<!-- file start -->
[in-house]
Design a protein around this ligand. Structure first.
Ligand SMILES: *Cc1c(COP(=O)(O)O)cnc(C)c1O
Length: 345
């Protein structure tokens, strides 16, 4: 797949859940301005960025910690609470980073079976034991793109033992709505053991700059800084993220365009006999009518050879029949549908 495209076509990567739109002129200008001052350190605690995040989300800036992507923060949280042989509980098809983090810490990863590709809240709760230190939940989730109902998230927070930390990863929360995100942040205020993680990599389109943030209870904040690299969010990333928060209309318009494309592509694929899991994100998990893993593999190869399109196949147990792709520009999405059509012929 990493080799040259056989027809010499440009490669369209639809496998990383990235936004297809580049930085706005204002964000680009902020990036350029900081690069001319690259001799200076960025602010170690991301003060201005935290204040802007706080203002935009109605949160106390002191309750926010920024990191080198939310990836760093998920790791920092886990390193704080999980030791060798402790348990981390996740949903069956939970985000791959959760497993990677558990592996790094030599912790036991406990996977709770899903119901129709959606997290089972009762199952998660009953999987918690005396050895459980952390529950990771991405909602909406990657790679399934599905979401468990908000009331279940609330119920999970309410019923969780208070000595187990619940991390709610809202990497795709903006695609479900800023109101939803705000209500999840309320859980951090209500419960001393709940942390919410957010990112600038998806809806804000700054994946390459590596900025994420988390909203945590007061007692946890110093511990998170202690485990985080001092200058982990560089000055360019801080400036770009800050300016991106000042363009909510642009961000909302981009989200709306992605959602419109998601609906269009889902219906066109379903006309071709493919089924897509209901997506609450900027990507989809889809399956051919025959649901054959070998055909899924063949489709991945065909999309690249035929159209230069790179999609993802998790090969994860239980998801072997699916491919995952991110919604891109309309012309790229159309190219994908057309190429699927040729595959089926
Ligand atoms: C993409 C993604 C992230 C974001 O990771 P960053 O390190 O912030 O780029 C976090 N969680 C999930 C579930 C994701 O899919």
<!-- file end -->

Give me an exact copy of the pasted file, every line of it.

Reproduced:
[in-house]
Design a protein around this ligand. Structure first.
Ligand SMILES: *Cc1c(COP(=O)(O)O)cnc(C)c1O
Length: 345
């Protein structure tokens, strides 16, 4: 797949859940301005960025910690609470980073079976034991793109033992709505053991700059800084993220365009006999009518050879029949549908 495209076509990567739109002129200008001052350190605690995040989300800036992507923060949280042989509980098809983090810490990863590709809240709760230190939940989730109902998230927070930390990863929360995100942040205020993680990599389109943030209870904040690299969010990333928060209309318009494309592509694929899991994100998990893993593999190869399109196949147990792709520009999405059509012929 990493080799040259056989027809010499440009490669369209639809496998990383990235936004297809580049930085706005204002964000680009902020990036350029900081690069001319690259001799200076960025602010170690991301003060201005935290204040802007706080203002935009109605949160106390002191309750926010920024990191080198939310990836760093998920790791920092886990390193704080999980030791060798402790348990981390996740949903069956939970985000791959959760497993990677558990592996790094030599912790036991406990996977709770899903119901129709959606997290089972009762199952998660009953999987918690005396050895459980952390529950990771991405909602909406990657790679399934599905979401468990908000009331279940609330119920999970309410019923969780208070000595187990619940991390709610809202990497795709903006695609479900800023109101939803705000209500999840309320859980951090209500419960001393709940942390919410957010990112600038998806809806804000700054994946390459590596900025994420988390909203945590007061007692946890110093511990998170202690485990985080001092200058982990560089000055360019801080400036770009800050300016991106000042363009909510642009961000909302981009989200709306992605959602419109998601609906269009889902219906066109379903006309071709493919089924897509209901997506609450900027990507989809889809399956051919025959649901054959070998055909899924063949489709991945065909999309690249035929159209230069790179999609993802998790090969994860239980998801072997699916491919995952991110919604891109309309012309790229159309190219994908057309190429699927040729595959089926
Ligand atoms: C993409 C993604 C992230 C974001 O990771 P960053 O390190 O912030 O780029 C976090 N969680 C999930 C579930 C994701 O899919």